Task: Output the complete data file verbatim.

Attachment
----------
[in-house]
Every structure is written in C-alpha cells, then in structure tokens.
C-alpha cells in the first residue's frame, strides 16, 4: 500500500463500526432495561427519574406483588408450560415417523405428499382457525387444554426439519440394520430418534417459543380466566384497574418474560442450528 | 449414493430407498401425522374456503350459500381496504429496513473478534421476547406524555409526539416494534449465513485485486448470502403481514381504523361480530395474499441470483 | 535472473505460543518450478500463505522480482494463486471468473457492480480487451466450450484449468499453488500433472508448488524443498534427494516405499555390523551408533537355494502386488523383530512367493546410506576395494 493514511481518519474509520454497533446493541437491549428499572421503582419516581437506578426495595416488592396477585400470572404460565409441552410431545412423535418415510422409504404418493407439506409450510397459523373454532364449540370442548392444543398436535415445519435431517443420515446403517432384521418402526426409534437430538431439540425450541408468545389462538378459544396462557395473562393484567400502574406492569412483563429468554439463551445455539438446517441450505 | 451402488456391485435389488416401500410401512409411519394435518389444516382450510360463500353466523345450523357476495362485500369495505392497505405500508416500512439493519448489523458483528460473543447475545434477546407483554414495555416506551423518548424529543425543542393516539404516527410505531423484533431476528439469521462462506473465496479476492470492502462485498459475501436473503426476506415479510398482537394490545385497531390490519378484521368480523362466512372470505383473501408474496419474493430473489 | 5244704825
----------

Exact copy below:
[in-house]
Every structure is written in C-alpha cells, then in structure tokens.
C-alpha cells in the first residue's frame, strides 16, 4: 500500500463500526432495561427519574406483588408450560415417523405428499382457525387444554426439519440394520430418534417459543380466566384497574418474560442450528 | 449414493430407498401425522374456503350459500381496504429496513473478534421476547406524555409526539416494534449465513485485486448470502403481514381504523361480530395474499441470483 | 535472473505460543518450478500463505522480482494463486471468473457492480480487451466450450484449468499453488500433472508448488524443498534427494516405499555390523551408533537355494502386488523383530512367493546410506576395494 493514511481518519474509520454497533446493541437491549428499572421503582419516581437506578426495595416488592396477585400470572404460565409441552410431545412423535418415510422409504404418493407439506409450510397459523373454532364449540370442548392444543398436535415445519435431517443420515446403517432384521418402526426409534437430538431439540425450541408468545389462538378459544396462557395473562393484567400502574406492569412483563429468554439463551445455539438446517441450505 | 451402488456391485435389488416401500410401512409411519394435518389444516382450510360463500353466523345450523357476495362485500369495505392497505405500508416500512439493519448489523458483528460473543447475545434477546407483554414495555416506551423518548424529543425543542393516539404516527410505531423484533431476528439469521462462506473465496479476492470492502462485498459475501436473503426476506415479510398482537394490545385497531390490519378484521368480523362466512372470505383473501408474496419474493430473489 | 5244704825